Unit learning outcomes in the broader context of the course
Unit learning outcomes also need to be thought of in relation to the broader context of the course – SCU Graduate Attributes and course learning outcomes; relevant AQF levels; discipline-based threshold learning outcomes; and any professional accreditation requirements that may apply.
The relationship between course and unit learning outcomes, graduate attributes and assessment is intertwined as demonstrated in Figure 2 in an example taken from the sciences.
Figure 2. Relationship between an SCU Graduate Attribute, course learning outcome and unit learning outcome (AQF 7). Adapted from Graduate Attributes at SCU Discussion Paper – April 2012.
Teaching Teaching & Understanding Understanding is a short film about teaching at university and tertiary level educational institutions. It is based on Biggs’ constructive alignment theory.
Decisions about assessment type and volume should be made in consultation with the course coordinator to ensure a whole-of-course approach. It will be important to ensure that the volume of assessment is not excessive from both the students’ and the teaching staff perspectives. This will include consideration of the number and timing of the assessment tasks, the word or time limits, and the weighting of relevant tasks. Refer to the Designing assessment resources.
Current policy allows for three assessments and the first assessment needs to be within the first one third of the unit.
Teaching and learning arrangements
Each discrete unit offering has a teaching and learning arrangement:
- the duration of each session
- the frequency with which it is delivered
- depending on the mode of offering, one or more methods of presentation and delivery may be available.
There will often be accepted ways within a faculty around the teaching and learning arrangements. Decisions about these arrangements will consider the nature of the learning outcomes and student and staff workload. Teaching and learning arrangements should be a whole-of-course decision initially. Details of these arrangements will assist the University to plan timetables for on-campus teaching.
The Southern Cross model has three distinct teaching and learning delivery methods over six weeks:
- Self-access: Students access content through MySCU with approximately 20 hours study/week
- Tutorials: Students access online or face-to-face instructor facilitated tutorials for two hours each week
- Workshops: Students access online instructor facilitated for one hour each week.
The Blended learning resource covers teaching approaches that provide equitable learning experiences regardless of location or mode of study.
Notional student workload
A notional workload provides:
- students with guidance of the expected time commitment
- unit assessors with a measure against which they can judge volume of work within a unit
- a transparent means to measure course volume of learning for each AQF
The workload of students in a standard unit is distributed over a term (6 weeks). Variations in length of study may occur for clinical, practical, community or work integrated learning or research units.
Normally a single 12 credit point unit would accrue a notional student workload of 150 hours per term. There is no difference in the notional hours for undergraduate and postgraduate units. Notional hours are consistent across units at AQF levels 5 to 10.
If subjects exceed the SCU standard workload by more than 20 hours, the workload should be discussed with the course coordinator. Normally, even in community or workplace learning, the course workload would not exceed 600 hours per term. If the unit requires significantly more time, then consideration should be given to making it double-weighted. Decisions about the workload that are beyond the norm should be discussed with the course coordinator and course team as this would be a whole-of-course consideration.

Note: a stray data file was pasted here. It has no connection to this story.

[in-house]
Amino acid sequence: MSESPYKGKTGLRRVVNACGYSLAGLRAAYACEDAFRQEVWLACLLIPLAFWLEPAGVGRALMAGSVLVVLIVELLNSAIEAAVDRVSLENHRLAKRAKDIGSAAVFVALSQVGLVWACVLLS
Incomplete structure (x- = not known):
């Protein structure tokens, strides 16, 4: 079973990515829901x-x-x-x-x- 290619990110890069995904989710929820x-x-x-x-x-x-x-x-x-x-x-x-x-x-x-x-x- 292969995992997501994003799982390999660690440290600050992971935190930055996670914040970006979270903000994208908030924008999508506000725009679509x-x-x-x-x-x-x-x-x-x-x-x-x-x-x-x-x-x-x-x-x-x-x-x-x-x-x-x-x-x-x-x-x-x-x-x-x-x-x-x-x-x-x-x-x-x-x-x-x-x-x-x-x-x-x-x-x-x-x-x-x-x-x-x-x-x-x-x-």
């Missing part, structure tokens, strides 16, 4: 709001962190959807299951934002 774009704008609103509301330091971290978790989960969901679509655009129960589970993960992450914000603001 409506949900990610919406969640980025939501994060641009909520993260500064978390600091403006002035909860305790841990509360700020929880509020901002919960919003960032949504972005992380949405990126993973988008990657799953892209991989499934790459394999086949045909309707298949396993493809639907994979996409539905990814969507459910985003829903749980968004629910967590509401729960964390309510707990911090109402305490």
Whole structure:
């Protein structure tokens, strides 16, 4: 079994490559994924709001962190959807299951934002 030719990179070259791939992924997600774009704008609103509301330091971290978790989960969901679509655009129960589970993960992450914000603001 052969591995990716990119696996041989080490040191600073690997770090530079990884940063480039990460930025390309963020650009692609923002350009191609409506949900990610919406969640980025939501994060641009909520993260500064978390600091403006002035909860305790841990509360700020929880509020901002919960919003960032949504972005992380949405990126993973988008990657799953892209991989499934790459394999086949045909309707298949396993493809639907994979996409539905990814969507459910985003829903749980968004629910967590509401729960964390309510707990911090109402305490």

Determining notional workload
The actual amount of time each student dedicates to their learning in a unit will depend on many factors: prior knowledge, motivation, study habits, work commitments etc. However, notional workload is not a measure of the actual time spent by an individual. It is an estimation of the expected time students would spend throughout the 6 weeks of a term as a best-case scenario. Such estimates are based on the professional judgment of the unit assessor and reviewing colleague or course coordinator and formal and informal student feedback on the unit. Estimations of student workload are developed during the unit design process and considered in the unit overview.
The scheduled study may include a variety of activities usually associated with contact hours (workshops, tutorials, laboratories, projects, and practicals). In the online environment, this may also include virtual workshops or tutorials via Blackboard Collaborate or Zoom, or designated online activities, e.g. contributions to discussion forums, creation of a blog, etc. Scheduled activities may include times when teaching staff are not involved, e.g. team meetings in team-based learning.
Personal study will include the range of active learning not included in the scheduled study and can include review of self-access content, discussion with peers, reading (eBooks, open education resources, journal articles, online resources, student contributions), and preparing for assessment.
This section details the prescribed texts for the course. The term ‘recommended references’ used previously is now not included in this section. It will be called ‘optional references’ instead, available in the Unit Outline.
When planning for a textbook and essential resources it is important to consider these in association with other resources the students may have to use, e.g. readings, recommended websites and other recommended resources. The workload associated with prescribed readings in all of its forms will impact the notional student workload.
Liaison librarians provide advice and assistance in planning and creating a list of electronic and print titles for your unit. The library has a range of subject guides that assist students to focus on the discipline. Your liaison librarian can assist you with myReadings, eBooks, linking to eResources, referencing guides and copyright.
If you have any questions about any of the issues discussed in this guide, please contact the teaching and learning representative for your faculty.